• Part 1 is  filled with unbridled happiness.
  • This is done to contrast the depths of
  • Jeanne’s disillusionment in part 2… at the end of her life.


Look for a minor character:

  1. Tante Lison:
  2. There are many characters in the book
  3. …but I singled out one that touched my heart.
  4. No one noticed her, cared about her
  5. …she was ‘object familier, un meuble viviant.’
  6. Her nonexistence her isolation is obvious in the book
  7. ….but Maupassant put her in the spotlight!
  8. She is in every important scene even
  9. …as reader I had the tendency to just pass her by!
  10. preparing trousseau for Jeanne’s wedding
  11.  is the only guest invited to Jeanne’s wedding
  12. godmother to Jeanne’s son Paul
  13. discovers Julien’s infidelity
  14. cares for Paul’s religious education
  15. attends family funerals and
  16. ….steps in as second mother to Jeanne.


Strong point:

  1. I liked the descriptions of nature especially the coast of Normandy.
  2. Fishermen, their families, job, boats, beaches and cliffs.
  3. You can just smell the salt in the air of
  4. his beloved homeland, Etretat, France
  5. La mer – Jeanne’s  strong feelings for the coast of Nomandy.
  6. The sea represents the infinite that stretches out  before Jeanne
  7. and the many possibilities  Une Vie has to offer her.
  8. La pluie – represents melancholy.
  9. Le soleil – represents joy
  10. Mausassant uses the changes in
  11. …seasons and nature to reflect Jeanne’s moods.


Last thoughts:

  1. The main character, Jeanne, is based on
  2. …Maupassant’s mother, Laure le Poittevin.
  3. She was a victim on an uphappy marriage and submitted
  4. herself to an adulterous and violent husband.
  5. Laure made a strong move…supported by her friend G. Flaubert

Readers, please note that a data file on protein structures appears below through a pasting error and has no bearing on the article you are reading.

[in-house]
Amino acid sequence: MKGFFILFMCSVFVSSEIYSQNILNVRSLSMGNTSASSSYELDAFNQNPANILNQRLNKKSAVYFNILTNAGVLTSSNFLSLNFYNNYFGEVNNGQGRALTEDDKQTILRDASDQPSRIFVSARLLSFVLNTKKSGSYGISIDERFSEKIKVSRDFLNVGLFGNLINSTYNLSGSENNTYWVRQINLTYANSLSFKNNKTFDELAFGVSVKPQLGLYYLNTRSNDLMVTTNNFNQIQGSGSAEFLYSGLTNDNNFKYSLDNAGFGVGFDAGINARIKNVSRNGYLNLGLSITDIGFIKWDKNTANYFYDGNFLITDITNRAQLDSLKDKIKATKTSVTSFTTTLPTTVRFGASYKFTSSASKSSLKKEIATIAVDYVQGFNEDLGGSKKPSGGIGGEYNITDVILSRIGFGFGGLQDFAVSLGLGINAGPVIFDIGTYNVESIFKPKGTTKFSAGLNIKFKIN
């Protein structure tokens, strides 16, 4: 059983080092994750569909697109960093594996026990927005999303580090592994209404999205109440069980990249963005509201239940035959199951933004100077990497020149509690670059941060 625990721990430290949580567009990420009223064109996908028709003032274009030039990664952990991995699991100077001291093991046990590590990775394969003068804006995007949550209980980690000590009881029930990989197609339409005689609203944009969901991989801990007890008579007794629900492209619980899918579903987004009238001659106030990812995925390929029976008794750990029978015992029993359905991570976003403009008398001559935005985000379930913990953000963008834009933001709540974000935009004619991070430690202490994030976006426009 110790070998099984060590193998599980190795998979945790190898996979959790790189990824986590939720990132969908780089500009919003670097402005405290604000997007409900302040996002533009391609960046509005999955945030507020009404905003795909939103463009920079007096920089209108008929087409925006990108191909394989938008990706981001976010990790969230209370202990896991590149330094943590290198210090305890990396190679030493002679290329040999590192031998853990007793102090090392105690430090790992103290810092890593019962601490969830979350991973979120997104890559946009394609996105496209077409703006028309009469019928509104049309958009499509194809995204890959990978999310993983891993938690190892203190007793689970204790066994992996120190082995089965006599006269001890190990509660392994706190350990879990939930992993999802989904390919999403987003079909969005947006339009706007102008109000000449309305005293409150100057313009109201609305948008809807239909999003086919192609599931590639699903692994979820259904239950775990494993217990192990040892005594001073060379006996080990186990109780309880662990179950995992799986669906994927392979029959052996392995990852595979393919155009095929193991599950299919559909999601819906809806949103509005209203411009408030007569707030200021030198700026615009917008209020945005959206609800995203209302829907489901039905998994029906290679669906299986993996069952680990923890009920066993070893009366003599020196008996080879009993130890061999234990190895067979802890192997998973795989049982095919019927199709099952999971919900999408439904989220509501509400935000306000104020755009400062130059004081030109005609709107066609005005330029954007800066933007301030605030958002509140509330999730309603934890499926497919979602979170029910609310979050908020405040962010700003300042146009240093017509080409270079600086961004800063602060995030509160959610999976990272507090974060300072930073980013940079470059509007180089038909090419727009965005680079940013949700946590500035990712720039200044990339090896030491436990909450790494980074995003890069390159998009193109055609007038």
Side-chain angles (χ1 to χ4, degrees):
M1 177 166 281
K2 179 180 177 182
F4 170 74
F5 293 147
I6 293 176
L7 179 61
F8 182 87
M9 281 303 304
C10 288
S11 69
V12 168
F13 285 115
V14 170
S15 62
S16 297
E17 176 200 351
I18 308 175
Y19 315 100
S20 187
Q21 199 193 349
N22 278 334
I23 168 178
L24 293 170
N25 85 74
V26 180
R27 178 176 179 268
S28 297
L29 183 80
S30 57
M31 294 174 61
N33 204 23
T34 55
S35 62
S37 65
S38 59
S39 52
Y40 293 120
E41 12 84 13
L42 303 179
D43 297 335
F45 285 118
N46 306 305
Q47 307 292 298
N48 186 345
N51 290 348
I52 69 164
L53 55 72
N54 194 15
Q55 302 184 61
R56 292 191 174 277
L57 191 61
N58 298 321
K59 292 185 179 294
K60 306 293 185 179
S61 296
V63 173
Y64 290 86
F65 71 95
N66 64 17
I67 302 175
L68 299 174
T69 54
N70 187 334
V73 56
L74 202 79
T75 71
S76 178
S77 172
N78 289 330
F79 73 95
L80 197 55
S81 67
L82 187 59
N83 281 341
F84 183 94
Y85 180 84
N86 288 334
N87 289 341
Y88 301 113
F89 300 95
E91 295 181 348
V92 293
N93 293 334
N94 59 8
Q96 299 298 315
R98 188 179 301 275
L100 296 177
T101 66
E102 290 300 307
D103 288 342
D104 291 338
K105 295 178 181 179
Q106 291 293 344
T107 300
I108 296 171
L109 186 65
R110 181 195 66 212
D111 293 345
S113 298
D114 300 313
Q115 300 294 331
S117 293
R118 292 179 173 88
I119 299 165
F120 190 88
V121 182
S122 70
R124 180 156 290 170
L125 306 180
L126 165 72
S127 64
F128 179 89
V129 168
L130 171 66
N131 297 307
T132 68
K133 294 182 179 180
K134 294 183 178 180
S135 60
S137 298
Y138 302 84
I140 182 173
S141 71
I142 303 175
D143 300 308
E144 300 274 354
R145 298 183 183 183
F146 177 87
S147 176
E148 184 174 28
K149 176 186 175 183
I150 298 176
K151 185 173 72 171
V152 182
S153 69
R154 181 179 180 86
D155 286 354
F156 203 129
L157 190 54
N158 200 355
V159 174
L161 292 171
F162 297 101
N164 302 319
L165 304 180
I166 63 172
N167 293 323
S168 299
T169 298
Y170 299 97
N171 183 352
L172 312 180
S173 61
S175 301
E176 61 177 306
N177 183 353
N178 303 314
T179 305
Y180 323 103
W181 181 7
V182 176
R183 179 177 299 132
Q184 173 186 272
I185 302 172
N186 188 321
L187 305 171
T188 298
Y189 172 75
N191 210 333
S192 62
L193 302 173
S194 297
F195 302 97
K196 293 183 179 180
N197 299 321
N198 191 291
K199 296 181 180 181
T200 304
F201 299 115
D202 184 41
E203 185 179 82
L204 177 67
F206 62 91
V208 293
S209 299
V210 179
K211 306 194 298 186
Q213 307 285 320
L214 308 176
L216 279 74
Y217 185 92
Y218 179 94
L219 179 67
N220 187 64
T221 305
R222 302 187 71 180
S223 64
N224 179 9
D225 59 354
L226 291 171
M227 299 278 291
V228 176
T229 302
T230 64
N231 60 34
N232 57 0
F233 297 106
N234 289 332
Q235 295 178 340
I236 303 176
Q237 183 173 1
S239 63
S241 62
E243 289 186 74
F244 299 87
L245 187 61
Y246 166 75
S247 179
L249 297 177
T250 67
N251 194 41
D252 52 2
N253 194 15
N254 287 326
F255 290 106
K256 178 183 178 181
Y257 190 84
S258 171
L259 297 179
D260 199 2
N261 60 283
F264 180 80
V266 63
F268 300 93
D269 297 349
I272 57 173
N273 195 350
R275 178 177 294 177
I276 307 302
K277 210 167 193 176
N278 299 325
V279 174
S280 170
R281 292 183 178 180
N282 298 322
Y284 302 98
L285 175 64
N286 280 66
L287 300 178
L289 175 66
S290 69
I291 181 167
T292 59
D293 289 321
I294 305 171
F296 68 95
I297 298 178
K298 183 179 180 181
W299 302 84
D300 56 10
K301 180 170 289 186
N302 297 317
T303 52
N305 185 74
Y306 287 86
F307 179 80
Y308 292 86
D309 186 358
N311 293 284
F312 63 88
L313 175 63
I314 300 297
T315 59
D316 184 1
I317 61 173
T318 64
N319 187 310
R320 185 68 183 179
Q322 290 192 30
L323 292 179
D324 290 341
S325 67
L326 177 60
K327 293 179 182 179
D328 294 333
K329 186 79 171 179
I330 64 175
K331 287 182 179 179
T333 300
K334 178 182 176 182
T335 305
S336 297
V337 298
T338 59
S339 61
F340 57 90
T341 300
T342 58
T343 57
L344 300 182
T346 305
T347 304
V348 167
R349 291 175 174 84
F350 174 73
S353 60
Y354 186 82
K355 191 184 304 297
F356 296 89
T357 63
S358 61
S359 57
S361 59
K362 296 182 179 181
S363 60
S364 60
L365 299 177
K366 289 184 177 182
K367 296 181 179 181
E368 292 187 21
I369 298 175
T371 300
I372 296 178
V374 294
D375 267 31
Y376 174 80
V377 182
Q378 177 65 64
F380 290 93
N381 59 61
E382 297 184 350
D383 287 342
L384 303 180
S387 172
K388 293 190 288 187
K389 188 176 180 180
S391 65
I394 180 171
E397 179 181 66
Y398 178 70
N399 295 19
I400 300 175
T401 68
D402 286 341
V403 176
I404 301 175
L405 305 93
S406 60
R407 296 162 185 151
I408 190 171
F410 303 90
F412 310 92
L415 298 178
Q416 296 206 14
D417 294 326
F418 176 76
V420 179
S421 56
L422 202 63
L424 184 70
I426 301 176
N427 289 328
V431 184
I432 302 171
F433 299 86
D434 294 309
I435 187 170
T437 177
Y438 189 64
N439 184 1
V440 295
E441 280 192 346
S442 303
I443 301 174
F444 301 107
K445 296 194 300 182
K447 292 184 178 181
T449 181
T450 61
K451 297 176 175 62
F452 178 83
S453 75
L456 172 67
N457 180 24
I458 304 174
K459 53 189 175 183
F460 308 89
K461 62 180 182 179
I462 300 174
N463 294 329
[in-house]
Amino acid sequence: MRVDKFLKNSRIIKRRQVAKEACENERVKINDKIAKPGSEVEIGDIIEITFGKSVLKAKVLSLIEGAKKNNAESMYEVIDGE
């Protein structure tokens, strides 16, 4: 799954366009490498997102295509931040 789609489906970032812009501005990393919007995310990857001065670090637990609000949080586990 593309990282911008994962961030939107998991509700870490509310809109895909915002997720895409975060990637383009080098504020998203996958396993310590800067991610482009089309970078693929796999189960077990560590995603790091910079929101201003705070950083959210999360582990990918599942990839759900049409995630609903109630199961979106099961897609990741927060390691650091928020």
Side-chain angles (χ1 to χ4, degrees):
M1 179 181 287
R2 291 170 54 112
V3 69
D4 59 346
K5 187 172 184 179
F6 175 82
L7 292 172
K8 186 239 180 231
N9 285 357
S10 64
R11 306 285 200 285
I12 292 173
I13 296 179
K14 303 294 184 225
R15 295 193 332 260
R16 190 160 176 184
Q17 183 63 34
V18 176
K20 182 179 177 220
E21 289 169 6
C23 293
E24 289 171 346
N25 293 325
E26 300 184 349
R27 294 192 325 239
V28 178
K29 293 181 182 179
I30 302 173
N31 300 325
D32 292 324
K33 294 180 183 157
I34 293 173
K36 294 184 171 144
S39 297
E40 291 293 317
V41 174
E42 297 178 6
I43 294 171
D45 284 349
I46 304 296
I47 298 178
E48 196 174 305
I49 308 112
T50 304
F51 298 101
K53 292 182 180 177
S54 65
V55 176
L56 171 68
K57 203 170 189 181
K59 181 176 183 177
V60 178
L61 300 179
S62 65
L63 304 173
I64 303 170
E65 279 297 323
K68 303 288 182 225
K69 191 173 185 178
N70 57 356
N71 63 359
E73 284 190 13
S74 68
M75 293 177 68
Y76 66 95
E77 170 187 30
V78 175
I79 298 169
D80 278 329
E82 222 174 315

6. and left her husband which was unusual in the 19th C.
  7. She concentrated all her attention on her son, Guy.
  8. As you read the book you can see the similarities
  9. between Laure and Jeanne.
  10. I enjoyed this book after I gave it time to settle in my mind.
  11. Maupassants’s  Bel-Ami is his most polished novel.
  12. Both books are #Classics!


Prix Goncourt 2009: Trois femmes puissantes



NDiaye: She is the daughter of a French mother
and a Senegalese father she barely knows,
and married to a white Frenchman.
She firmly anchors autobiography in her stories.

Motif: NDiaye’s metamorphoses of people into animals (hypothetical)
in Three Strong Women (birds) as a form of escape or bad omens.
Story nr 1: Father: ‘perches’ in hammock and
sleeps in the flamboyant tree in his courtyard.
Story nr 2: bird crashed on windshield of a car twice!…bad omen
Story nr 3: young girl Khady
she tries to escape her circumstances…hoping she can soar away
like the bird “…un oiseau disparaissait au loin.”
…disappearing in the distance.

Story nr 1 – ‘Le mot juste’ was so balanced
every word packed a punch. There were few rambling thoughts
just the facts larded with emotion.
Plot: I loved this story that had a whiff of magic realism!

Story nr 2Run-on sentences, also known as fused sentences, occur
when two or more complete sentences are
squashed together without using proper punctuation.
NDiaye disappointed me with the use of run-on’s ad nauseam.
Plot: I did not like this story at all, “pointe barre!”. The story drags and ends up losing its focus entirely.   Bah. #Confusing. If you feel as I did when reading story nr 2 just…”passez votre chemin”
…just move along to story nr 3!

Story nr 3 – This story is as smooth as silk…lucide, linéaire et lisable:
clear-sighted, with beginning-middle- end and most importantly…readable!


Last thoughts:

  1. I’m glad I got my emotional review on NDiaye’s book on paper
  2. …last night because I must adjust it.
  3. My ‘knee-jerk’ reaction to story 2 was due to my lack of 
  4. French vocabulary.
  5. I was exasperated, exhausted and
  6. …disillusioned.
  7. I felt I’ll never learn French.
  8. That is not the best place to be when writing a review.
  9. The run on sentences confused my overworked brain.
  10. I just could not process the story.
  11. I returned to the part of story 2
  12. …that was my initial ‘breaking bad point’ this morning.
  13. I attempted to  push through the story to the very end.
  14. I needed some strong coffee to help me.


  1. After reading all three stories I see:
  2. Three strong women  – Noah – Fanta – Khady
  3. Three weak men – Noah’s father – Rudy – Lamine
  4. Three  places: